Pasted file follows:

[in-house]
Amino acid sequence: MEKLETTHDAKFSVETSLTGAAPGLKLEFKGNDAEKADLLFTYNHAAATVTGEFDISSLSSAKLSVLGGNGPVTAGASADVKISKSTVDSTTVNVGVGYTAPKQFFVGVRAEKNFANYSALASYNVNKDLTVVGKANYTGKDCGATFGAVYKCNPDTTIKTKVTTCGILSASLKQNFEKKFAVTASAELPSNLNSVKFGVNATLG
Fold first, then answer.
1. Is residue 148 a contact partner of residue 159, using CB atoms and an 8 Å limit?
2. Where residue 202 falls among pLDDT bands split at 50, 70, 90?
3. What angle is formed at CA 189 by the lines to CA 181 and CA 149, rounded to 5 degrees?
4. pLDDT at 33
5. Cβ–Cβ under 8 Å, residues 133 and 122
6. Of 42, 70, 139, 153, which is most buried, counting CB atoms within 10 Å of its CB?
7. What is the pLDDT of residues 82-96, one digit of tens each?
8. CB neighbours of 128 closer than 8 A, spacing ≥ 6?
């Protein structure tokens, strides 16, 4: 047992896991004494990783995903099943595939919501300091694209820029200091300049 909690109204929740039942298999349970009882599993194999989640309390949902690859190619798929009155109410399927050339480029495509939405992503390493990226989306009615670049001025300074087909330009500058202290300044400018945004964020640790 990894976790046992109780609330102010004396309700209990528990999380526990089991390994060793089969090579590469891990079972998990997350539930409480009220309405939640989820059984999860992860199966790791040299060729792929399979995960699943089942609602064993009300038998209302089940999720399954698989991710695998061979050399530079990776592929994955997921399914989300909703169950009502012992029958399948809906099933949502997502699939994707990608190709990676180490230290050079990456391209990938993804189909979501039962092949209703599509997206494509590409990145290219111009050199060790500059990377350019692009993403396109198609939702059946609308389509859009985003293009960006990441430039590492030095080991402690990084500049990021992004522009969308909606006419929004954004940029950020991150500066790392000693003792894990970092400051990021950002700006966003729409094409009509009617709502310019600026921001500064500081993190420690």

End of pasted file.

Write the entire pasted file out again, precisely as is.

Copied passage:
[in-house]
Amino acid sequence: MEKLETTHDAKFSVETSLTGAAPGLKLEFKGNDAEKADLLFTYNHAAATVTGEFDISSLSSAKLSVLGGNGPVTAGASADVKISKSTVDSTTVNVGVGYTAPKQFFVGVRAEKNFANYSALASYNVNKDLTVVGKANYTGKDCGATFGAVYKCNPDTTIKTKVTTCGILSASLKQNFEKKFAVTASAELPSNLNSVKFGVNATLG
Fold first, then answer.
1. Is residue 148 a contact partner of residue 159, using CB atoms and an 8 Å limit?
2. Where residue 202 falls among pLDDT bands split at 50, 70, 90?
3. What angle is formed at CA 189 by the lines to CA 181 and CA 149, rounded to 5 degrees?
4. pLDDT at 33
5. Cβ–Cβ under 8 Å, residues 133 and 122
6. Of 42, 70, 139, 153, which is most buried, counting CB atoms within 10 Å of its CB?
7. What is the pLDDT of residues 82-96, one digit of tens each?
8. CB neighbours of 128 closer than 8 A, spacing ≥ 6?
């Protein structure tokens, strides 16, 4: 047992896991004494990783995903099943595939919501300091694209820029200091300049 909690109204929740039942298999349970009882599993194999989640309390949902690859190619798929009155109410399927050339480029495509939405992503390493990226989306009615670049001025300074087909330009500058202290300044400018945004964020640790 990894976790046992109780609330102010004396309700209990528990999380526990089991390994060793089969090579590469891990079972998990997350539930409480009220309405939640989820059984999860992860199966790791040299060729792929399979995960699943089942609602064993009300038998209302089940999720399954698989991710695998061979050399530079990776592929994955997921399914989300909703169950009502012992029958399948809906099933949502997502699939994707990608190709990676180490230290050079990456391209990938993804189909979501039962092949209703599509997206494509590409990145290219111009050199060790500059990377350019692009993403396109198609939702059946609308389509859009985003293009960006990441430039590492030095080991402690990084500049990021992004522009969308909606006419929004954004940029950020991150500066790392000693003792894990970092400051990021950002700006966003729409094409009509009617709502310019600026921001500064500081993190420690």